Moved by: Dr. D.N. Maybee
Seconded by: Ven. R.T. Pynn
That the disposition of this motion be as recommended by the Officers, i.e.
That this resolution be referred to the Program Committee for consideration, appropriate action and report back to the National Executive Council
be approved. CARRIED #28-11-86
Moved by: Rev. M.C. Ingham
Seconded by: Mrs. Pamela McBeth
That the proposals from the Public Social Responsibility Unit for new work in economic justice, be approved. CARRIED #29-11-86
"James 2:15-17. 'If a brother or sister is naked and lacks daily food, and one you says to them,"Go in peace; keep warm and eat your fill", and yet you do not supply their bodily needs, what is the good of that ? So faith by itself, if it has no works, is dead'." "We should consider James' words and understand that our souls are fed as we act out our faith, as we move from 'Do you believe ?' to 'What are you going to do about it ?' Through PWRDF, what we are going to do about it is to work with communities around the world. To work with fishers and farmers as they ensure that they have enough to eat, just like fishers in Canada do. James gives us direction, and moves us from apathy to awareness. We must act on our faith, ensuring that no one suffers from hunger; because as he says, faith by itself, it it has no works is dead".
World hunger, its challenge to affluent Western nations and Canada in particular, is the subject of a series of 15-minute radio programs under preparation for the Anglican Church of Canada, the Roman Catholic Church and the United Church of Canada.
"The Stork and the Plow" is the general title of 13 programs being produced for Interchurch Radio, the broadcasting arm of the three churches, by the Anglican Division of Communications. With the world facing the gravest famine in history as population growth continues to outstrip food production, the series will attempt to inform and arouse Canadians to be concerned enough to press for government action.
Canadians will also be urged to support church and relief agencies in their global projects for the alleviation of suffering.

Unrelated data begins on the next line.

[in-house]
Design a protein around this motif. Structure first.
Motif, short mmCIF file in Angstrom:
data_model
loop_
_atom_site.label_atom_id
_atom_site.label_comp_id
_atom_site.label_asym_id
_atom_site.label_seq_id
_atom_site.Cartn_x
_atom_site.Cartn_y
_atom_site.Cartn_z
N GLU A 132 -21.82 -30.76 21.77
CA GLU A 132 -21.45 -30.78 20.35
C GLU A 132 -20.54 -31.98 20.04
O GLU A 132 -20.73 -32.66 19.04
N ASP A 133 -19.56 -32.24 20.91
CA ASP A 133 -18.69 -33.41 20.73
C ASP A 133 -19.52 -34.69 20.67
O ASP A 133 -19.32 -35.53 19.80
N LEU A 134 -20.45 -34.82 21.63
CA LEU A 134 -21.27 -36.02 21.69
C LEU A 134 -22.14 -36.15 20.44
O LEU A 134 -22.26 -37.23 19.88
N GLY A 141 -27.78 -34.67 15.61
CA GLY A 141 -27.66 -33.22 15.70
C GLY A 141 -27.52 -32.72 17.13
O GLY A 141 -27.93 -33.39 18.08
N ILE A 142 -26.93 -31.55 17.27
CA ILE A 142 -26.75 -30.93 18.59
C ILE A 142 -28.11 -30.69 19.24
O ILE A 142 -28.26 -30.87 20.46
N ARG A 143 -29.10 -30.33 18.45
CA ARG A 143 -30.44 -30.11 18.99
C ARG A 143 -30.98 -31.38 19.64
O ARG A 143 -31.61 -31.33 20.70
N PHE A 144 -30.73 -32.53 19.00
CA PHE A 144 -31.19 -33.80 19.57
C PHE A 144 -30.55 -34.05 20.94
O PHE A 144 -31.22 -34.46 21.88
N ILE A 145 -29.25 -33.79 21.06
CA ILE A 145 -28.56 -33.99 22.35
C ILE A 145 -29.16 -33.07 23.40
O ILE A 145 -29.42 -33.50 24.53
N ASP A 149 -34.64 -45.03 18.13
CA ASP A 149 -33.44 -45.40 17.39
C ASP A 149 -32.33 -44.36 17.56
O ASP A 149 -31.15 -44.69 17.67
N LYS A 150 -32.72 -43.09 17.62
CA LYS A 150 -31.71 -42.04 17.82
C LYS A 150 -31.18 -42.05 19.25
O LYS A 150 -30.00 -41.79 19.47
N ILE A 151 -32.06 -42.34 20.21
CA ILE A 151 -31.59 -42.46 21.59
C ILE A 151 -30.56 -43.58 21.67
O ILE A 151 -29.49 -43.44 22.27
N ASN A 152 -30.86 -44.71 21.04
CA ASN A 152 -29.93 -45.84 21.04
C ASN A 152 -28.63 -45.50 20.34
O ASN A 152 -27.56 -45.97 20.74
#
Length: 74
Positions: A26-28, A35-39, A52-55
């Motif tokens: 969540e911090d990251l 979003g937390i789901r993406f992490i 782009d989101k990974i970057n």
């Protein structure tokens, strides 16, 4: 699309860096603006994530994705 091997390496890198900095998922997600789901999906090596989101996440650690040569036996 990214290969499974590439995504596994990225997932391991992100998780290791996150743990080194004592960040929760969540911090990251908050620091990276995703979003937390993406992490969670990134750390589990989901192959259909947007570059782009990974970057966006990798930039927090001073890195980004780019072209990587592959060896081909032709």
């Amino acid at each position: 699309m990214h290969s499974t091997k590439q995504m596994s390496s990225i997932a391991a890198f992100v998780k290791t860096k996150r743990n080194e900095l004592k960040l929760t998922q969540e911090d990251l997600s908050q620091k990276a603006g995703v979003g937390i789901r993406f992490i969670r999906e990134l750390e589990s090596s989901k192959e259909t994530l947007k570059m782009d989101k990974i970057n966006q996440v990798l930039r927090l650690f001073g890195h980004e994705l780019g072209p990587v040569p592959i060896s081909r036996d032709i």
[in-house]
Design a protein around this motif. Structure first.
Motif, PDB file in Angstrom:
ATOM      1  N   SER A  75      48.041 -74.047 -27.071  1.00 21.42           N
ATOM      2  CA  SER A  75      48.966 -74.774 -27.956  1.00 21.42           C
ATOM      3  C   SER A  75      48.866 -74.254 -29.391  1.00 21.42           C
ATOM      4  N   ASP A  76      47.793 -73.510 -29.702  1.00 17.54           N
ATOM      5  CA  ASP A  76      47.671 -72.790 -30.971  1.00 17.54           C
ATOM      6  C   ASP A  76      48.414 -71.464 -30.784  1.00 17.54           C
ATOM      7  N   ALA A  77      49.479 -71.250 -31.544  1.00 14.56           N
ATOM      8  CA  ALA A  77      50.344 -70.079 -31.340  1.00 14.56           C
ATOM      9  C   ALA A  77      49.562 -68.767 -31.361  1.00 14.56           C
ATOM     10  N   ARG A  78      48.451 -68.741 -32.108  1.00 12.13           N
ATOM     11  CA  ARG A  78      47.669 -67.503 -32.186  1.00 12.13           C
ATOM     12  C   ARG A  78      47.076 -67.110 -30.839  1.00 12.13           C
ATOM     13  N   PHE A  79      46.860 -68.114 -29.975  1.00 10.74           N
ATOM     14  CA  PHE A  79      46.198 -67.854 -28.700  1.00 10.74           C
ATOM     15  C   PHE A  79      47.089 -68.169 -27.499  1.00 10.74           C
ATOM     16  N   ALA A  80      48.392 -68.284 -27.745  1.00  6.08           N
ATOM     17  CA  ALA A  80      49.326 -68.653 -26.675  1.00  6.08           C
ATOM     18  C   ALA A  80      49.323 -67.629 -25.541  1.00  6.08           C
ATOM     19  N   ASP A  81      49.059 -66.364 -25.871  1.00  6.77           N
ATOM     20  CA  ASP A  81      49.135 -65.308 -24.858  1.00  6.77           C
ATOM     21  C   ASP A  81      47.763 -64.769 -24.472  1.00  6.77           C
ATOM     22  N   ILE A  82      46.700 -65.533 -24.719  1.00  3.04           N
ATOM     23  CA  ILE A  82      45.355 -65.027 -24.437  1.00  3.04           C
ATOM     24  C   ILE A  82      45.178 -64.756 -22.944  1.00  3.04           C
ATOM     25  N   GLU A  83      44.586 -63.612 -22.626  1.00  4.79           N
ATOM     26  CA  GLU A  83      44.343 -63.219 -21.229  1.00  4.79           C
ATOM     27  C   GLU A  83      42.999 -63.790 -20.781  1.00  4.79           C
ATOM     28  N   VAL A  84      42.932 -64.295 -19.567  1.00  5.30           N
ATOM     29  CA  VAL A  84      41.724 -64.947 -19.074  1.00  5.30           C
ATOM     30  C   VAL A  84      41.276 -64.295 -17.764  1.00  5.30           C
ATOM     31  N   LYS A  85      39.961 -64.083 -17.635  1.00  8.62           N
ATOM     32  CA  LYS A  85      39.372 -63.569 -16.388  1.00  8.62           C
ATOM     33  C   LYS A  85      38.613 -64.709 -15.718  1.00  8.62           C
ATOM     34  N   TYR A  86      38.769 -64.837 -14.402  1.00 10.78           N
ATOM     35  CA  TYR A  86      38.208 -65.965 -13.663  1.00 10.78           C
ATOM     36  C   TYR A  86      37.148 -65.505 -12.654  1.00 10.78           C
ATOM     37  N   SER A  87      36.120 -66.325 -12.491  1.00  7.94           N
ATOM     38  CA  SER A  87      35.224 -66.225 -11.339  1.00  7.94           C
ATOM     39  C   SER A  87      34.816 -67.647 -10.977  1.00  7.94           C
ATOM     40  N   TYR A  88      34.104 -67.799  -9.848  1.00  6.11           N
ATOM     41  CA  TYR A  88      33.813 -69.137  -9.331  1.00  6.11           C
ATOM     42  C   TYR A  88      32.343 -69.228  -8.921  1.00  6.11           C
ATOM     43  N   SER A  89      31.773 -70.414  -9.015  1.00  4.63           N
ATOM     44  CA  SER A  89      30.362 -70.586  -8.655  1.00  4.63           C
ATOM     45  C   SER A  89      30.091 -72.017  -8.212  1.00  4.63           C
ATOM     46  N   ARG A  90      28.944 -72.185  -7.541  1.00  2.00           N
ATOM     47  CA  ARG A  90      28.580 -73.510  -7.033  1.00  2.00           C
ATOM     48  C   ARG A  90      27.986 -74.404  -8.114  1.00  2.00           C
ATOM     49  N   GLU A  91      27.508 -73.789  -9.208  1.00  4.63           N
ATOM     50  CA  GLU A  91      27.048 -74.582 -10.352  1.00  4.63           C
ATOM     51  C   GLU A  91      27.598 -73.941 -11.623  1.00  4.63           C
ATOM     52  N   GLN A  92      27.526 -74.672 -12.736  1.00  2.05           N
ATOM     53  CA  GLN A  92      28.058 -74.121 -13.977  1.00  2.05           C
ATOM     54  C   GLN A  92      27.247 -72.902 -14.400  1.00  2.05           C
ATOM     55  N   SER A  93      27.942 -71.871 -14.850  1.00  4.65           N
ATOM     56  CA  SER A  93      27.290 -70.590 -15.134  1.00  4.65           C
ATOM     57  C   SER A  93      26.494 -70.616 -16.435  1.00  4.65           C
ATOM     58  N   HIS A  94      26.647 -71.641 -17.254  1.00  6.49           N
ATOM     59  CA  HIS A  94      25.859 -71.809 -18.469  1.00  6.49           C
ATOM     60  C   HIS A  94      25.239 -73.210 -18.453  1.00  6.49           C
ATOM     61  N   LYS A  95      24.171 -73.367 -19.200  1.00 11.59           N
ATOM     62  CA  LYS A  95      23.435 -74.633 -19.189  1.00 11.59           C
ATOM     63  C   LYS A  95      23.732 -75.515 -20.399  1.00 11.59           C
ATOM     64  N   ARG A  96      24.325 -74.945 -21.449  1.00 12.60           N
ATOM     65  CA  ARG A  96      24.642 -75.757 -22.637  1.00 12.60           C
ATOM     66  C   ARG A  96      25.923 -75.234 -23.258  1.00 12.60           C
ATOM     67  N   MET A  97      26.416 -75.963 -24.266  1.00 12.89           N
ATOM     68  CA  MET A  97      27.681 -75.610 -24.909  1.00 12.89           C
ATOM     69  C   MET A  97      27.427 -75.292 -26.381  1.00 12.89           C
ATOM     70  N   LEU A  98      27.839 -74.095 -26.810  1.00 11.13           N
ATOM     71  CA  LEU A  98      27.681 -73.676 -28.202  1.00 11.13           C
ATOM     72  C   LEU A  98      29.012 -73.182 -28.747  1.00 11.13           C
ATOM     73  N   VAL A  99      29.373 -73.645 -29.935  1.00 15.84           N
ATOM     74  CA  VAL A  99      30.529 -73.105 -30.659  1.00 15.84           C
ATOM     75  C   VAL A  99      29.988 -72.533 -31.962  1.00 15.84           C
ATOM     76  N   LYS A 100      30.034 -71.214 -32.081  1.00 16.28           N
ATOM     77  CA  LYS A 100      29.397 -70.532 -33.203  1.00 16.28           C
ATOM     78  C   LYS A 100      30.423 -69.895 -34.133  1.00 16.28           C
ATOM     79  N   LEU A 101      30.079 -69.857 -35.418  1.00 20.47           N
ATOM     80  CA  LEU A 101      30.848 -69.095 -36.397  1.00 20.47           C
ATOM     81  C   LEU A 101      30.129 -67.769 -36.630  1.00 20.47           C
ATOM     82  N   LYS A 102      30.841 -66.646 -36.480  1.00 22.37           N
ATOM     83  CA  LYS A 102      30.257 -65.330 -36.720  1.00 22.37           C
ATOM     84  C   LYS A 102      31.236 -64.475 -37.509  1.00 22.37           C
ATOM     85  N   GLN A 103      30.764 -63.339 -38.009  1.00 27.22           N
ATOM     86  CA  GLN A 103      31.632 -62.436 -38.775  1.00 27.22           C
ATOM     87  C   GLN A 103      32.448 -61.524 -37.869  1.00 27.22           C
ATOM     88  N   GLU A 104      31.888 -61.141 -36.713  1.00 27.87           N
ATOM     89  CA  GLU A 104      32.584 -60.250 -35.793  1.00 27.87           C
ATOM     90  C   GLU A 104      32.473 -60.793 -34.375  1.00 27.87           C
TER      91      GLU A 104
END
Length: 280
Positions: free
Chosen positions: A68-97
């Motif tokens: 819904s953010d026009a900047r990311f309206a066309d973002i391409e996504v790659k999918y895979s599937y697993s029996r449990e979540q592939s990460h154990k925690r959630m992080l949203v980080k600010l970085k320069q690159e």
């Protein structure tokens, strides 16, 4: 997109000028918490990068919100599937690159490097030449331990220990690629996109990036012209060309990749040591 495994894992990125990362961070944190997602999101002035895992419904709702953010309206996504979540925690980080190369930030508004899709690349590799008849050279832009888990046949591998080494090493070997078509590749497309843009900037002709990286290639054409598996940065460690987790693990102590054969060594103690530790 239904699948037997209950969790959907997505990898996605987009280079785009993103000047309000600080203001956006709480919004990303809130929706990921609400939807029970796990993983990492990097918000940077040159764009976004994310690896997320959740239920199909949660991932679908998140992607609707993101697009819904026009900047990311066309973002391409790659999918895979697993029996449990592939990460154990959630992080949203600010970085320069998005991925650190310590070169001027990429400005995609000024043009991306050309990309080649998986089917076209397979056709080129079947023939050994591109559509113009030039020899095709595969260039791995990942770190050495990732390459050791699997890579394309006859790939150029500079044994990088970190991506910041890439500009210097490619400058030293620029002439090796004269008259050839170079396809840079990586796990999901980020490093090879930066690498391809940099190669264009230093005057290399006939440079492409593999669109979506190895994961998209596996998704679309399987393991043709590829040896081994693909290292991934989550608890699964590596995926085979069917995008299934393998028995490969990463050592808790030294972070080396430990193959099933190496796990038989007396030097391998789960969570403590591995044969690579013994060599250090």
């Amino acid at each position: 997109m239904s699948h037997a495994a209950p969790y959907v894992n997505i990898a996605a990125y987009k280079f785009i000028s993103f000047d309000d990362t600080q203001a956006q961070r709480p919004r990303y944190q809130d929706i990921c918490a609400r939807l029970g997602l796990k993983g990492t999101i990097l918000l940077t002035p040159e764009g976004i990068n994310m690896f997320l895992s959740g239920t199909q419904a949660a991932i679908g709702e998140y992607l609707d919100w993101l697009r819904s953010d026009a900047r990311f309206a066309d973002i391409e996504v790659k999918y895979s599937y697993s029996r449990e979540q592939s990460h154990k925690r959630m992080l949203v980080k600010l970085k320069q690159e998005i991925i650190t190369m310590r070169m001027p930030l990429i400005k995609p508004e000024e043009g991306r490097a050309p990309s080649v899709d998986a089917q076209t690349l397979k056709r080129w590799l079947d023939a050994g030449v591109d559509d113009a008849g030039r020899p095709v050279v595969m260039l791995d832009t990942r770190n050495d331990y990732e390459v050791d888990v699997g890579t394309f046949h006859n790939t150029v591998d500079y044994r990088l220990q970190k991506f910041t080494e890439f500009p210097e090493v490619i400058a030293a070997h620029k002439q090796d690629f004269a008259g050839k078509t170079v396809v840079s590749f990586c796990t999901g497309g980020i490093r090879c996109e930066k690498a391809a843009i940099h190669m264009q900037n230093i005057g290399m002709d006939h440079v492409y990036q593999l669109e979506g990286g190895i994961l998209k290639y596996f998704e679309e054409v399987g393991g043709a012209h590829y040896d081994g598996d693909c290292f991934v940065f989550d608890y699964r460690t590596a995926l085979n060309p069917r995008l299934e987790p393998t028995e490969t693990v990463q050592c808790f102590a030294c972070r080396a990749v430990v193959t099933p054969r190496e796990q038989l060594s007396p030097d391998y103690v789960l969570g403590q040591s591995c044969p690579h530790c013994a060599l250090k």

Leaders in many fields related to the problem are being interviewed. Initially the program will provide an in-depth study of the scope and seriousness of food inadequacy.
Other subjects include the population explosion, family planning, technology and food production, the importance of protein in diet, waste and surplus, poverty, Canada's foreign aid program, voluntary aid projects, individual responsibility and Canada's future role.
The series is being produced for mid-winter release.
"As Canadians gathered to celebrate Thanksgiving, Archbishop Colin Johnson, metropolitan of the ecclesiastical province of Ontario, asked them to reflect on the 300,000 Ontarians who must rely on food banks to survive. The advertisement, written in the form of an open letter, by Archbishop Johnson appeared in the Toronto Star newspaper on 8 October 2009. Another ad is planned for December and the Christmas season.
"Sifa Naru is the widowed mother of three boys. She lost her husband to AIDS in 2009 and has been diagnosed as HIV+ herself. She was having difficulty staying on her anti-retroviral (ARV) medication, which is to be taken twice daily with food, because she often was able to eat twice a day, sometimes not even once". "With the generous donation of $25,000 from the Ottawa's GIFT campaign, PWRDF is funding a food aid package to provide two months of food to people who are starting their ARVs in Mozambique. The project will dramatically impact the lives of 400 AIDS patients over four years helping them to survive the shock of ARVs in their bodies which have been weakened by poor nutrition and hunger". "PWRDF's partner Association of Community Health (EHALE) will work with patients to help them learn about nutrition and to grow food for themselves once they are back on their feet".